ESP32-S2 Thing Plus Hookup Guide

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Introduction

The ESP32-S2 Thing Plus is a feather form-factor development board with the improved ESP32-S2 module, from Espressif. The new ESP32-S2 module addresses the security flaws in the original ESP32. While the ESP32-S2 does include improved security features, it lacks the Bluetooth capabilities of the original ESP32 module.

SparkFun Thing Plus - ESP32-S2 WROOM

SparkFun Thing Plus - ESP32-S2 WROOM

WRL-17743
$19.95

Required Materials

To get started, users will need a few items. Now some users may have a few of these items, feel free to modify your cart accordingly.

  • ESP32-S2 Thing Plus
  • USB 3.1 Cable A to C - 3 Foot - The USB interface serves two purposes: it powers the board and allows you to upload programs to it. (*If your computer doesn't provide a USB-A slot, then you will need to choose an appropriate cable or purchase an adapter as well.)
  • Computer with the an operating system (OS) that is compatible with all the software installation requirements.
SparkFun Thing Plus - ESP32-S2 WROOM

SparkFun Thing Plus - ESP32-S2 WROOM

WRL-17743
$19.95
USB 3.1 Cable A to C - 3 Foot

USB 3.1 Cable A to C - 3 Foot

CAB-14743
$4.95
3

Click the buttons above to toggle the additional materials based on the options you
wish to use. Feel free to modify the items in your cart to fit your needs.


Li-Po Battery

For mobile applications, users will want to pick up a single-cell LiPo battery from our catalog. Below, are a few available options:

Lithium Ion Battery - 1Ah

Lithium Ion Battery - 1Ah

PRT-13813
$9.95
7
Lithium Ion Battery - 2Ah

Lithium Ion Battery - 2Ah

PRT-13855
$12.95
7
Lithium Ion Battery - 400mAh

Lithium Ion Battery - 400mAh

PRT-13851
$4.95
9
Lithium Ion Battery - 110mAh

Lithium Ion Battery - 110mAh

PRT-13853
$4.95
2

Jumper Modification

To modify the jumpers, users will need soldering equipment and/or a knife.

Solder Lead Free - 100-gram Spool

Solder Lead Free - 100-gram Spool

TOL-09325
$8.95
7
Weller WLC100 Soldering Station

Weller WLC100 Soldering Station

TOL-14228
$67.95
2
Chip Quik No-Clean Flux Pen  - 10mL

Chip Quik No-Clean Flux Pen - 10mL

TOL-14579
$7.95
4
Hobby Knife

Hobby Knife

TOL-09200
$2.95
2

Headers & Accessories

Headers are great for development purposes, letting users swap parts with just a set of jumper wires. If you would like to add headers to your board, check out some of the options for the Thing Plus or Feather form factor boards below. For a full selection of our available Headers or Soldering Tools, click on the associated links.

Break Away Headers - Straight

Break Away Headers - Straight

PRT-00116
$1.50
20
SparkFun Beginner Tool Kit

SparkFun Beginner Tool Kit

TOL-14681
$57.95
Feather Stackable Header Kit

Feather Stackable Header Kit

PRT-15187
$1.50
Header - 8-pin Female (PTH, 0.1")

Header - 8-pin Female (PTH, 0.1")

PRT-11895
$0.50
Photon Header - 12 Pin Female

Photon Header - 12 Pin Female

PRT-14321
$0.50

New to soldering? Check out our Through-Hole Soldering Tutorial for a quick introduction!

How to Work with Jumper Pads and PCB Traces

April 2, 2018

Handling PCB jumper pads and traces is an essential skill. Learn how to cut a PCB trace, add a solder jumper between pads to reroute connections, and repair a trace with the green wire method if a trace is damaged.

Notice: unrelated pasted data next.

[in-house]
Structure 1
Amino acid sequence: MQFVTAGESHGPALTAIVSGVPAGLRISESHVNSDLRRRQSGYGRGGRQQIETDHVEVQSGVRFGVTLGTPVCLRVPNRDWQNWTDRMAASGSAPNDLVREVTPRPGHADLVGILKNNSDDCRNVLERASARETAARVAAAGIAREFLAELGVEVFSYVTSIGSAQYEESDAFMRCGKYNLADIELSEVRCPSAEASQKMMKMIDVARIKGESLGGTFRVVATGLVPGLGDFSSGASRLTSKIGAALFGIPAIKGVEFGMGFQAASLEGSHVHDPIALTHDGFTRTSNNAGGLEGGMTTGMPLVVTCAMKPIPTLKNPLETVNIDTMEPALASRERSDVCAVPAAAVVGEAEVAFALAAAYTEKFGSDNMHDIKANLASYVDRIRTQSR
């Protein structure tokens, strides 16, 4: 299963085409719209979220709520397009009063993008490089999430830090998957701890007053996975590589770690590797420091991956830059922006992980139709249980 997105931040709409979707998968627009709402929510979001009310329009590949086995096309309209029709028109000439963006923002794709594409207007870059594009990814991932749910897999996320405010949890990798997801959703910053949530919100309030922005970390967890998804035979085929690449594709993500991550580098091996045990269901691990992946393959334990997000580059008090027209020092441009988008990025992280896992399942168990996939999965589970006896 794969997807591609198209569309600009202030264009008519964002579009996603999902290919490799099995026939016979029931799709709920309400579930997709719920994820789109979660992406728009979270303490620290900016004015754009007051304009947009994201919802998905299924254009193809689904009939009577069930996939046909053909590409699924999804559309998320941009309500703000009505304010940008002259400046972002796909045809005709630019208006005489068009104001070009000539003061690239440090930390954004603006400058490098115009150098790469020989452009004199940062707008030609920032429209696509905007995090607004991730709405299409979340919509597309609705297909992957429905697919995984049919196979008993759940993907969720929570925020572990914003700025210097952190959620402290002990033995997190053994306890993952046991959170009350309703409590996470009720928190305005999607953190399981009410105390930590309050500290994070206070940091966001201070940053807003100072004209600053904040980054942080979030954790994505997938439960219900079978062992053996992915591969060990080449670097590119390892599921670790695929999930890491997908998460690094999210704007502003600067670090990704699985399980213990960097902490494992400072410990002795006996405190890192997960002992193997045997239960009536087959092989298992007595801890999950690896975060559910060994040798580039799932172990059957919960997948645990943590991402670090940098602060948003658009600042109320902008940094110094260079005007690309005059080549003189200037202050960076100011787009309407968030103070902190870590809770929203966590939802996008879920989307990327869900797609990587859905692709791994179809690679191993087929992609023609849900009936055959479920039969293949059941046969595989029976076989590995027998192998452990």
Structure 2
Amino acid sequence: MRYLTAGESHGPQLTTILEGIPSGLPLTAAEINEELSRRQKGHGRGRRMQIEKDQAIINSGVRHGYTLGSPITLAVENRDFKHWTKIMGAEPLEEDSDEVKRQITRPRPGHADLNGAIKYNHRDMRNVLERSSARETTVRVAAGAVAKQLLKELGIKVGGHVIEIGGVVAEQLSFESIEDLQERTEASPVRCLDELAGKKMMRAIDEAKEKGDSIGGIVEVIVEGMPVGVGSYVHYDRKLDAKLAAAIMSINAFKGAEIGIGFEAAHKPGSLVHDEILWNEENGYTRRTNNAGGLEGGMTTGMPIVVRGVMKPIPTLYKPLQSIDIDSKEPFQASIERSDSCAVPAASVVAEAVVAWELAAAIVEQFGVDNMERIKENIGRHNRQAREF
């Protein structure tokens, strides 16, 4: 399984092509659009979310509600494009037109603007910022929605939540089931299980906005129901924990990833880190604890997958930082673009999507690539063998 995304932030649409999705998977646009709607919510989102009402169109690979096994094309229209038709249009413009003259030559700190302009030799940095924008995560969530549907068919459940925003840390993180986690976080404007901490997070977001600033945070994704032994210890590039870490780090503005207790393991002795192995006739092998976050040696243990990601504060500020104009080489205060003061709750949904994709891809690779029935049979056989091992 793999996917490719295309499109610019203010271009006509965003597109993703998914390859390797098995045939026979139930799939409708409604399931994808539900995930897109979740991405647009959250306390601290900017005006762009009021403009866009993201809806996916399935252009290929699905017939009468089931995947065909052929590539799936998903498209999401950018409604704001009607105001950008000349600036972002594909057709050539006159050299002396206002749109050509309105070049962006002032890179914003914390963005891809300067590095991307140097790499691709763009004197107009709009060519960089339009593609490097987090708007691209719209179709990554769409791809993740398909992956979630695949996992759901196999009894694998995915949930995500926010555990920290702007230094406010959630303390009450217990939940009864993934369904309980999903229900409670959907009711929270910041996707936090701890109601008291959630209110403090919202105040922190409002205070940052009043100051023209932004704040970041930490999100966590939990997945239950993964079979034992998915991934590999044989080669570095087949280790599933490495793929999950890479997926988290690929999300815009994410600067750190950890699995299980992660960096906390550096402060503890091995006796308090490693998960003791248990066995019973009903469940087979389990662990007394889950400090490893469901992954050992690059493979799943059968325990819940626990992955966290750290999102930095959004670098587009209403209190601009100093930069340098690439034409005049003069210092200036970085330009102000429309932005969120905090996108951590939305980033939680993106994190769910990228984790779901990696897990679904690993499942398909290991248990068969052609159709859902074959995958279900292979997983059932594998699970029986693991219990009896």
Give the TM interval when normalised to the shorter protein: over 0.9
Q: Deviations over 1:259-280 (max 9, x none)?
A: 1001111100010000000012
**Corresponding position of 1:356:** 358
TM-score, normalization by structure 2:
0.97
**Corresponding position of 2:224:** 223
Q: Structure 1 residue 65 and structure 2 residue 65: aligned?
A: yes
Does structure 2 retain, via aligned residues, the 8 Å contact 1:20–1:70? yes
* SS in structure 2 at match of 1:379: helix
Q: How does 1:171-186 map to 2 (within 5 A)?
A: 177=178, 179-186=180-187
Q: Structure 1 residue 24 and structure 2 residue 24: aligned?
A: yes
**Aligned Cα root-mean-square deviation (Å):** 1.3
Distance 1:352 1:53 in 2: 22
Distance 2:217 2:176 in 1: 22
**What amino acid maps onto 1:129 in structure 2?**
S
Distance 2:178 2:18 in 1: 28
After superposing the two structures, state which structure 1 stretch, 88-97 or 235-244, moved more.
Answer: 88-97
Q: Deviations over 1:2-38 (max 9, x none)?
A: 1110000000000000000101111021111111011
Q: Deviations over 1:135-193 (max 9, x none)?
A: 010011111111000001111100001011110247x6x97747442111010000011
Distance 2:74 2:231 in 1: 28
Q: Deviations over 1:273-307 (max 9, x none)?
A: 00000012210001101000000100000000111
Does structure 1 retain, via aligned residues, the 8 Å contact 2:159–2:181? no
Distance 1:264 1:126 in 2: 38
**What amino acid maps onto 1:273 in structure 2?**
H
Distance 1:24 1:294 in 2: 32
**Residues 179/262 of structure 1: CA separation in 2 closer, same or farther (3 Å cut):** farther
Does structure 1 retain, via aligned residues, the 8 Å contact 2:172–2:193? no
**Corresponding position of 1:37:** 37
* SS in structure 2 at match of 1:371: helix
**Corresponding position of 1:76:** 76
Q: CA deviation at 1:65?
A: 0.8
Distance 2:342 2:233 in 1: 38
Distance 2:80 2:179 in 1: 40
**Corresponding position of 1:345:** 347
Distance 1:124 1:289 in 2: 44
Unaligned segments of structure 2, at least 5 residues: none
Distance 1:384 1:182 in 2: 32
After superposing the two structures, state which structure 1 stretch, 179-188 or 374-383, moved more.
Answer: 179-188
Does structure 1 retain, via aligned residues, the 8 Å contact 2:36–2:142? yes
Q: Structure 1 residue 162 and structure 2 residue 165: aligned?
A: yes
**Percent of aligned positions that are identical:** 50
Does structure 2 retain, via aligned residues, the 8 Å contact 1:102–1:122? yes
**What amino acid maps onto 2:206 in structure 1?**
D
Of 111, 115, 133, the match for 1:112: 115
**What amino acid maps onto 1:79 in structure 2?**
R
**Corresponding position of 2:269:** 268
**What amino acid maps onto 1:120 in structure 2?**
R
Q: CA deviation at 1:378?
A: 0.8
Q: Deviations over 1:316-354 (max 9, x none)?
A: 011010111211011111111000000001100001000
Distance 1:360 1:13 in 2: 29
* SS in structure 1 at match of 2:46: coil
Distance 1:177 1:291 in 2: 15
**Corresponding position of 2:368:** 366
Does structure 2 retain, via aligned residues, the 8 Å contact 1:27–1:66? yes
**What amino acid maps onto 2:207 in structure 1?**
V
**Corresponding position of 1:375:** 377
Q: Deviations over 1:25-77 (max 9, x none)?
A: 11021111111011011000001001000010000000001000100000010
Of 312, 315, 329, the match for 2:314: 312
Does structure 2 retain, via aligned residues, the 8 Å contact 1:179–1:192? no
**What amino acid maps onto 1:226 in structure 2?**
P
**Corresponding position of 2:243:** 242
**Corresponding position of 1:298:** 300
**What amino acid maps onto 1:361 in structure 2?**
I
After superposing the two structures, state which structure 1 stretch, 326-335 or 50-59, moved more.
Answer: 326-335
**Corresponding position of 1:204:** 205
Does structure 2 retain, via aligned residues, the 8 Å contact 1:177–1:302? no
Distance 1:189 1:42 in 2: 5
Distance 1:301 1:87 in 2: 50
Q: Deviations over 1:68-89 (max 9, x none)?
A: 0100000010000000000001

JTAG Functionality

Users interested in JTAG applications (i.e. programming and debugging the ESP32) will need an JTAG Programmer and need to solder on a JTAG header. We recommend these programmers from our catalog:

J-Link BASE Compact Programmer

J-Link BASE Compact Programmer

PGM-15347
$475.95

J-Link EDU Base Programmer

PGM-15346
2
Header - 2x5 Pin (Male, 1.27mm)

Header - 2x5 Pin (Male, 1.27mm)

PRT-15362
$1.50

Suggested Reading

As a more professionally oriented product, we will skip over the more fundamental tutorials (i.e. Ohm's Law and What is Electricity?). However, below are a few tutorials that may help users familiarize themselves with various aspects of the board.

How to Solder: Through-Hole Soldering

This tutorial covers everything you need to know about through-hole soldering.

Serial Communication

Asynchronous serial communication concepts: packets, signal levels, baud rates, UARTs and more!

Serial Peripheral Interface (SPI)

SPI is commonly used to connect microcontrollers to peripherals such as sensors, shift registers, and SD cards.

Pulse Width Modulation

An introduction to the concept of Pulse Width Modulation.

Logic Levels

Learn the difference between 3.3V and 5V devices and logic levels.

I2C

An introduction to I2C, one of the main embedded communications protocols in use today.

Analog vs. Digital

This tutorial covers the concept of analog and digital signals, as they relate to electronics.

How to Work with Jumper Pads and PCB Traces

Handling PCB jumper pads and traces is an essential skill. Learn how to cut a PCB trace, add a solder jumper between pads to reroute connections, and repair a trace with the green wire method if a trace is damaged.

Installing Arduino IDE

A step-by-step guide to installing and testing the Arduino software on Windows, Mac, and Linux.

ESP32 Thing Plus Hookup Guide

Hookup guide for the ESP32 Thing Plus using the ESP32 WROOM's WiFi/Bluetooth system-on-chip in Arduino.

Installing Board Definitions in the Arduino IDE

How do I install a custom Arduino board/core? It's easy! This tutorial will go over how to install an Arduino board definition using the Arduino Board Manager. We will also go over manually installing third-party cores, such as the board definitions required for many of the SparkFun development boards.

Qwiic Connect System

One of the new, advanced features of the board is that it takes advantage of the Qwiic connect system. We recommend familiarizing yourself with the Logic Levels and I2C tutorials. Click on the banner above to learn more about Qwiic products.

Hardware Overview

Board Dimensions